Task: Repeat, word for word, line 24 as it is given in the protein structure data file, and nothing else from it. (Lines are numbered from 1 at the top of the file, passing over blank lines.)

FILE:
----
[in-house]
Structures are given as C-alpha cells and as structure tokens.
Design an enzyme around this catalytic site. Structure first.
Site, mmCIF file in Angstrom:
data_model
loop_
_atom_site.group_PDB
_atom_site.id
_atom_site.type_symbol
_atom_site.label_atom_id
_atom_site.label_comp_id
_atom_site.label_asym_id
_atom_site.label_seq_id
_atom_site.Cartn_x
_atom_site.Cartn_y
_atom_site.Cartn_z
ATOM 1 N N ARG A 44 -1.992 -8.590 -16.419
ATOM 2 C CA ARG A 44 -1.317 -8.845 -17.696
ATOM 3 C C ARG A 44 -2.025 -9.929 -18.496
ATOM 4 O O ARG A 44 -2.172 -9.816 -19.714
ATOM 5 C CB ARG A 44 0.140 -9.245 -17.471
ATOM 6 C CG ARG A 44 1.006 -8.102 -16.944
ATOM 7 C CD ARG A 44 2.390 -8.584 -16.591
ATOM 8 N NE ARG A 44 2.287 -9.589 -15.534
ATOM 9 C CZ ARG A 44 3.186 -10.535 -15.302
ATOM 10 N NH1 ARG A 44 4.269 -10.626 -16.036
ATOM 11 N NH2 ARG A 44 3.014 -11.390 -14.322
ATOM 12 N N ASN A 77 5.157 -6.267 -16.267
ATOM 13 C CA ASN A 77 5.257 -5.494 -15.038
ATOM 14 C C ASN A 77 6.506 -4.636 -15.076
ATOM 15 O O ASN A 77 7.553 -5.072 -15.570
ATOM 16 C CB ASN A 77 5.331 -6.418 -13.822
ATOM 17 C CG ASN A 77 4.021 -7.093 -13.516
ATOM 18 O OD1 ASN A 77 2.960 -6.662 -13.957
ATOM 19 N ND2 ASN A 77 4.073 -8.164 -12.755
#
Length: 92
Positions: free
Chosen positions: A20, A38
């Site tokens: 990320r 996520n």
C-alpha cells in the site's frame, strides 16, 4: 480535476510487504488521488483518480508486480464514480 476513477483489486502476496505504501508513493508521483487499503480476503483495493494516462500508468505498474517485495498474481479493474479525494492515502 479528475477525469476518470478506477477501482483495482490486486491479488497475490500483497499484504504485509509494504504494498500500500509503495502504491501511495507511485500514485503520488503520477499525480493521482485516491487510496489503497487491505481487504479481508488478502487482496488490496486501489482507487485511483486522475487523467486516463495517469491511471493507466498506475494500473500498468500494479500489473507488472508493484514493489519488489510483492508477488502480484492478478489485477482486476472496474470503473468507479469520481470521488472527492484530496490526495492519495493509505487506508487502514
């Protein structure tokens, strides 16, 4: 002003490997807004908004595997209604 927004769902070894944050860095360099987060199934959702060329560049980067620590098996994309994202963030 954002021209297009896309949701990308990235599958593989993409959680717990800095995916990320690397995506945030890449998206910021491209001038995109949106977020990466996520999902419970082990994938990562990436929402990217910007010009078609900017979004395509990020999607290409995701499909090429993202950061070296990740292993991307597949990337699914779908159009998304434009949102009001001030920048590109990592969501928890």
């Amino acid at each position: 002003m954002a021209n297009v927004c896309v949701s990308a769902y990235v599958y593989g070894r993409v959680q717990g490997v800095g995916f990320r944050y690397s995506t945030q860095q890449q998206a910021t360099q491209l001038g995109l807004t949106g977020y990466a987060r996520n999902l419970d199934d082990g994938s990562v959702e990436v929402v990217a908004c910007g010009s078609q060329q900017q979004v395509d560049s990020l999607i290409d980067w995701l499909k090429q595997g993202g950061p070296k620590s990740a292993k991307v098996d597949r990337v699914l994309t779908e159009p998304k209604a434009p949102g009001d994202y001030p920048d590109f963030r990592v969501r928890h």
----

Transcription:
ATOM 8 N NE ARG A 44 2.287 -9.589 -15.534